This is an excerpt of my weekly film breakdown of the week’s biggest plays over at Bleacher Report, for your edification and edumacation:
On a day when the Vikings managed only six offensive points, Percy Harvin’s runback of the game’s opening kickoff provided the margin of victory. The Lions took a brutal home division loss, mostly because of this play:
According to MLive.com's Justin Rogers, Vikings head coach Leslie Frazier said it was a victory of Xs, Os and film study:
I remember in our first special teams kickoff return meeting we saw some things, and we pointed out that if everybody held their blocks, Percy's going to score. I mean, it was obvious. There are some things that we saw if we just held our blocks and our guys did it. They leveraged the football. They got where they needed to be and Percy did the rest.
Let's see if we can see what they saw.
Doug Hogue and Stefan Logan were set up as the second- and third-leftmost players, but by now Hogue's inside the hash mark and Logan's nearly so. The Vikings have paired up into their two two-man wedges (the most allowed by current NFL rules), but are also double-teaming Hogue.
The key here is No. 34, Keiland Williams. He was initially lined up five yards outside the left hash, but in order to avoid former Lions fullback Jerome Felton's block, Williams dances to the outside of the right hash. The Lions' fate, and Williams, is sealed by Felton.
Hogue can't beat the upfield double-team, and one wedge takes out No. 97, Ronnell Lewis. The other wedge splits up; one man seals Logan, while the other, Matt Asiata, splits off to block the widest Lion, Jonte Green:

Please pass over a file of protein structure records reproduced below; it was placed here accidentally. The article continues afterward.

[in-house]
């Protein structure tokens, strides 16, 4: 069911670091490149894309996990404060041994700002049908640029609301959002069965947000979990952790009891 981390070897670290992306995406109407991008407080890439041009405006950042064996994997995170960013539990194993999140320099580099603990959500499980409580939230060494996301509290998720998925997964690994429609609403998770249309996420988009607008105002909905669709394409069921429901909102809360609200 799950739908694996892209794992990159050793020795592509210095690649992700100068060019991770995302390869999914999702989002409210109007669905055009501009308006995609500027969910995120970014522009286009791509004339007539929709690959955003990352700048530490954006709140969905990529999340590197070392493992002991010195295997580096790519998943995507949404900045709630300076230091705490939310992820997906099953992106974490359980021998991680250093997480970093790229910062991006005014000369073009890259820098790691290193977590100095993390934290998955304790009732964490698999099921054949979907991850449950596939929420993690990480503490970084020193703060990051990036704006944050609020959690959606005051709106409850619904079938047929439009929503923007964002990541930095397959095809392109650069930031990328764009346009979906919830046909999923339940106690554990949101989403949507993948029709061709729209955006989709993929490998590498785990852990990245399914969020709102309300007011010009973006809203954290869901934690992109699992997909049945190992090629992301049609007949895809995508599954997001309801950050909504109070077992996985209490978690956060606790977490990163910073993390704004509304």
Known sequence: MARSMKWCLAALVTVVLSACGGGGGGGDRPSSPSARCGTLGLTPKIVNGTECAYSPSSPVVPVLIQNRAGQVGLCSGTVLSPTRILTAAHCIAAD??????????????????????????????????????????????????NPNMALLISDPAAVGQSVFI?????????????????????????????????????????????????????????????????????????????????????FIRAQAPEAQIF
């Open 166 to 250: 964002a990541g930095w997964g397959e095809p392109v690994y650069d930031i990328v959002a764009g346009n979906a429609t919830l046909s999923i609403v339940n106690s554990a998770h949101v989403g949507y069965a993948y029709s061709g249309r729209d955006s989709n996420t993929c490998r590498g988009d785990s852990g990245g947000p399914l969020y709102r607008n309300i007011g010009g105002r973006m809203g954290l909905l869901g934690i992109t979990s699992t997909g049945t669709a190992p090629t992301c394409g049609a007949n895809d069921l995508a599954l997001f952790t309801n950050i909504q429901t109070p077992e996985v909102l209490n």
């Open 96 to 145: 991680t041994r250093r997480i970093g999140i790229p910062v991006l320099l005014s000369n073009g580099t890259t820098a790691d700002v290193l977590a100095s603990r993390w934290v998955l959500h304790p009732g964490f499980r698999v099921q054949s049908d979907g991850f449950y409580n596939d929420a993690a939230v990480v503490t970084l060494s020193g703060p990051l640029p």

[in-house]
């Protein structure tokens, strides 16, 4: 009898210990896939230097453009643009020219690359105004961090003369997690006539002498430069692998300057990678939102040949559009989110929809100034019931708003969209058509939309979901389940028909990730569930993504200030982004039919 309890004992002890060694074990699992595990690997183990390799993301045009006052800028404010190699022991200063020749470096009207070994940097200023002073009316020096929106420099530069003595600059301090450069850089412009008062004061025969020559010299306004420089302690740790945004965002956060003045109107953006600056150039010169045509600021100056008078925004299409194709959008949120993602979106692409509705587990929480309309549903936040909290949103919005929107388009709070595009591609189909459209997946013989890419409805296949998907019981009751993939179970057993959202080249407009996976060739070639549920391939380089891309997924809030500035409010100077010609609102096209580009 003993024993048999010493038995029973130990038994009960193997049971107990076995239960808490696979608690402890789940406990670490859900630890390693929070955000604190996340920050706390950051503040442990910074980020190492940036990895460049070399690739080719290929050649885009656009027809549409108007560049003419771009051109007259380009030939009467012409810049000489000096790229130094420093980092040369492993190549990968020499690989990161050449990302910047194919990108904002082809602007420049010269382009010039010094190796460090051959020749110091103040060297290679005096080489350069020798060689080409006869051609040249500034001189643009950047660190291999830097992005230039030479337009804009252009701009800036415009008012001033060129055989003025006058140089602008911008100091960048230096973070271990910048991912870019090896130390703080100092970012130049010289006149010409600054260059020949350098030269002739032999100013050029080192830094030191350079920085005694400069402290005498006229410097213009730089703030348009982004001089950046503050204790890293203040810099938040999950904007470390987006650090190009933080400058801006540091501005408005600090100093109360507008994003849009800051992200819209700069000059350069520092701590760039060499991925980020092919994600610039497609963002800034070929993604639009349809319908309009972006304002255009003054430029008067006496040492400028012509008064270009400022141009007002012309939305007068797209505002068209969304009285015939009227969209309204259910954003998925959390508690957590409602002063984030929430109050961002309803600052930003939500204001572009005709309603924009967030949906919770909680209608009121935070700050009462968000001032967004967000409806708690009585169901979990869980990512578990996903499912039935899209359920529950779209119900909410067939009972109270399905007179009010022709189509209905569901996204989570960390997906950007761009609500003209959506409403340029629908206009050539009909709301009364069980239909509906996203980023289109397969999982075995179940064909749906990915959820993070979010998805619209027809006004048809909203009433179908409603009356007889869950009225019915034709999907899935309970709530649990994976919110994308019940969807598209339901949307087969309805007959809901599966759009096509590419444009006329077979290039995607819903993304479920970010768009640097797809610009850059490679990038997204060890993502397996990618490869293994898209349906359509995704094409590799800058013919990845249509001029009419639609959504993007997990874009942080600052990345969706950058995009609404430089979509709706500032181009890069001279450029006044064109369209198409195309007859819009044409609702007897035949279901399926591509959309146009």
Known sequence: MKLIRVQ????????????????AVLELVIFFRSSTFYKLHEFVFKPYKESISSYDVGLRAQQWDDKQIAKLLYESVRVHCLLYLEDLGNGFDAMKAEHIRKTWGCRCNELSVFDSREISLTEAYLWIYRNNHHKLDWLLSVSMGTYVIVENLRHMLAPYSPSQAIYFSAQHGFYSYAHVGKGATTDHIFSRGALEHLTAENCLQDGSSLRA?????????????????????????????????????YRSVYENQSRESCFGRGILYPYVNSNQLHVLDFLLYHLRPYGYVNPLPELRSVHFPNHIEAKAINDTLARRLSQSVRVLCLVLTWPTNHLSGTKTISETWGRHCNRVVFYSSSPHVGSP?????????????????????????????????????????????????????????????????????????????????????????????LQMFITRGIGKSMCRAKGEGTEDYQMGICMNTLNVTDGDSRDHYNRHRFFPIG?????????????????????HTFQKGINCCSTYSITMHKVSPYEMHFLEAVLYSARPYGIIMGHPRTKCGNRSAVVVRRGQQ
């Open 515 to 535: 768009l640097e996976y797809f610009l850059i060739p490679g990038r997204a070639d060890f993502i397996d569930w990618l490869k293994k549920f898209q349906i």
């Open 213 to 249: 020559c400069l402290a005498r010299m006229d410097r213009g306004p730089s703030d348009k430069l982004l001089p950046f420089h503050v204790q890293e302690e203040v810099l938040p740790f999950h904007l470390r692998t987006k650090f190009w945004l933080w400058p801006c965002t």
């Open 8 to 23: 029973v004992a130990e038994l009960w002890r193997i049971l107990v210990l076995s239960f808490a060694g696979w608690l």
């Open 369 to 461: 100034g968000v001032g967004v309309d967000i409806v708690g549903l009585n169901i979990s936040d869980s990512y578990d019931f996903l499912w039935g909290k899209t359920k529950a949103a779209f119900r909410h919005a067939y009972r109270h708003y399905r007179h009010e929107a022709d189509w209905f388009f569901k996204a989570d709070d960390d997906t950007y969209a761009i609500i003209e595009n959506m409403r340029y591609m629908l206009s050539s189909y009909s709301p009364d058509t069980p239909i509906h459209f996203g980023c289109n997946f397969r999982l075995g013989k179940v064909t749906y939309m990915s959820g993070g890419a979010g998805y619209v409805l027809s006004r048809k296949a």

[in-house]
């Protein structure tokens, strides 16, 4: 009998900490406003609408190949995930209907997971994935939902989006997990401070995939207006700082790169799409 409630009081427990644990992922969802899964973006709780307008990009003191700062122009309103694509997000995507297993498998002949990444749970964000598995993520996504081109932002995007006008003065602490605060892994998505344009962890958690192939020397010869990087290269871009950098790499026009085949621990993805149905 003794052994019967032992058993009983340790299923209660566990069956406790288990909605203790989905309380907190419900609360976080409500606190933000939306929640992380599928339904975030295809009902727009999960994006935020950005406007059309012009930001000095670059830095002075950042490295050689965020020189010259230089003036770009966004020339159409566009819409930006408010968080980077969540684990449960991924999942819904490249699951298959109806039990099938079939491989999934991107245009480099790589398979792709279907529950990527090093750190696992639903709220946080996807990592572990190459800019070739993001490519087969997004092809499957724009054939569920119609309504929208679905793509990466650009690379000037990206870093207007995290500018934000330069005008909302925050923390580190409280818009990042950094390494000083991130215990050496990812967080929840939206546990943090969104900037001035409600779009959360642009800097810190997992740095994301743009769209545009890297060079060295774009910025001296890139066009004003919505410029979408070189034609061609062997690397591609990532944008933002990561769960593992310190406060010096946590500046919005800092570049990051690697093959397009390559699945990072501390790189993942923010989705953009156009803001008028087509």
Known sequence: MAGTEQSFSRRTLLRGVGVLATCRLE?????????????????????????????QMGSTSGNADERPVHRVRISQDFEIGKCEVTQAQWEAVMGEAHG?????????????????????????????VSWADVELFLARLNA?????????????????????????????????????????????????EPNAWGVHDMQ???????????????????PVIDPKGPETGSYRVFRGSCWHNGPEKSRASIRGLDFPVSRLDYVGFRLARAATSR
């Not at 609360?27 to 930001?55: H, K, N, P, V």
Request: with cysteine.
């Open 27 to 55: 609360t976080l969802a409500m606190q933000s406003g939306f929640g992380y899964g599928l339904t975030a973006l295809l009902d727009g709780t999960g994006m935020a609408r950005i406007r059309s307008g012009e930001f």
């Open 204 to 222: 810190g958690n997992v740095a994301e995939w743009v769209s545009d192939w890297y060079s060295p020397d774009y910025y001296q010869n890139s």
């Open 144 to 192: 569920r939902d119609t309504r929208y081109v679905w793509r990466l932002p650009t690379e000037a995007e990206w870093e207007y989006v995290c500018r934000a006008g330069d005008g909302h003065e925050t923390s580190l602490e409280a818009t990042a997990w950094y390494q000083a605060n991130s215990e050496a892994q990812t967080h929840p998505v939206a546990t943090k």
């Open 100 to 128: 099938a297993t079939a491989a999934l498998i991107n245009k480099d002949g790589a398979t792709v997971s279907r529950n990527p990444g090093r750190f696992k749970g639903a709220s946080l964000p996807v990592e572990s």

Wendling was lined up all the way to the right, but he shadowed Harvin's sprint to the left around all his blocked-off teammates. He has neither the angle nor the speed to make a play, though, and Harvin races off to the end zone untouched.
The Lions overcommitted to the right and didn't penetrate deep enough downfield to prevent Harvin from beating them far to the left. The Vikings knew exactly who they had to keep from making the play, and they made sure they had more than enough beef in place to block them.
That's the power of breaking down film.
For the Lions, this seems to be a coaching failure: the Lions have “obvious” flaws in their approach to covering kickoffs, and Vikings special teams coordinator Mike Priefer (yes, longtime Lions STC Chuck Priefer’s son) had no problem exploiting it.
However, note the big “if” in Frazier’s statement: “We pointed out that if everybody held their blocks, Percy's going to score.” The Vikings double-teamed the two guys with the size and speed to blow the run up: Doug Hogue and Ronnell Lewis. Keiland Williams is next biggest/fastest, and he got assigned the strongest single blocker, Jerome Felton. The Vikings knew nobody else would tackle Harvin, especially if he made sure to get away from Wendling.
What this means is that it's also a failure of execution: the three beefiest Lions couldn't overcome the stiff blocks, nor could any of the other Lions get free to make a play. In all three phases of the game, the Lions are coaching to execution; they expect the talented players to make plays. When they don't, it looks like bad coaching, as in here. The question is, can the Lions coaches scheme up good performances out of okay special-teams talent? Or should they try and upgrade the talent?
At this point in the season, the latter's almost impossible--which means, the former had better happen fast.